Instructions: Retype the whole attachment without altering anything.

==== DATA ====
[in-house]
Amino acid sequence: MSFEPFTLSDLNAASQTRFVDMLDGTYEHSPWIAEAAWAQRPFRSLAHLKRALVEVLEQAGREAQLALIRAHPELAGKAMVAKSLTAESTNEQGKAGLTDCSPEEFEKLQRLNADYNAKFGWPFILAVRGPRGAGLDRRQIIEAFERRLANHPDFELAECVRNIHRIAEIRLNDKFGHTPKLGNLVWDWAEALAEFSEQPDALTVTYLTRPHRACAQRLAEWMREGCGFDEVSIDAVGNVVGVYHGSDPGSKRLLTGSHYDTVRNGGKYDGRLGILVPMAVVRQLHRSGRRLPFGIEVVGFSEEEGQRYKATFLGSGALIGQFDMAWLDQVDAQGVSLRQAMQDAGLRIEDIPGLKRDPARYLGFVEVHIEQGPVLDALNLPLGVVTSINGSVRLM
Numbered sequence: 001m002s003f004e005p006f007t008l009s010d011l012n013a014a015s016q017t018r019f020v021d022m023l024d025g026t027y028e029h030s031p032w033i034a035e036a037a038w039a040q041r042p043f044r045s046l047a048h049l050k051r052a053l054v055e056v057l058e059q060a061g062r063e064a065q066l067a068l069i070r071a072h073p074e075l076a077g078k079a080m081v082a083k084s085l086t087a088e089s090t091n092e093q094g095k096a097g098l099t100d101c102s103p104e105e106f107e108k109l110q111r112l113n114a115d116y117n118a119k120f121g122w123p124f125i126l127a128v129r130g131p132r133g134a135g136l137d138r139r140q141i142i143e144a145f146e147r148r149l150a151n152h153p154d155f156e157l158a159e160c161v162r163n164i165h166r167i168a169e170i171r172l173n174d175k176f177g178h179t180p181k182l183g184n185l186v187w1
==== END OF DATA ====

[in-house]
Amino acid sequence: MSFEPFTLSDLNAASQTRFVDMLDGTYEHSPWIAEAAWAQRPFRSLAHLKRALVEVLEQAGREAQLALIRAHPELAGKAMVAKSLTAESTNEQGKAGLTDCSPEEFEKLQRLNADYNAKFGWPFILAVRGPRGAGLDRRQIIEAFERRLANHPDFELAECVRNIHRIAEIRLNDKFGHTPKLGNLVWDWAEALAEFSEQPDALTVTYLTRPHRACAQRLAEWMREGCGFDEVSIDAVGNVVGVYHGSDPGSKRLLTGSHYDTVRNGGKYDGRLGILVPMAVVRQLHRSGRRLPFGIEVVGFSEEEGQRYKATFLGSGALIGQFDMAWLDQVDAQGVSLRQAMQDAGLRIEDIPGLKRDPARYLGFVEVHIEQGPVLDALNLPLGVVTSINGSVRLM
Numbered sequence: 001m002s003f004e005p006f007t008l009s010d011l012n013a014a015s016q017t018r019f020v021d022m023l024d025g026t027y028e029h030s031p032w033i034a035e036a037a038w039a040q041r042p043f044r045s046l047a048h049l050k051r052a053l054v055e056v057l058e059q060a061g062r063e064a065q066l067a068l069i070r071a072h073p074e075l076a077g078k079a080m081v082a083k084s085l086t087a088e089s090t091n092e093q094g095k096a097g098l099t100d101c102s103p104e105e106f107e108k109l110q111r112l113n114a115d116y117n118a119k120f121g122w123p124f125i126l127a128v129r130g131p132r133g134a135g136l137d138r139r140q141i142i143e144a145f146e147r148r149l150a151n152h153p154d155f156e157l158a159e160c161v162r163n164i165h166r167i168a169e170i171r172l173n174d175k176f177g178h179t180p181k182l183g184n185l186v187w1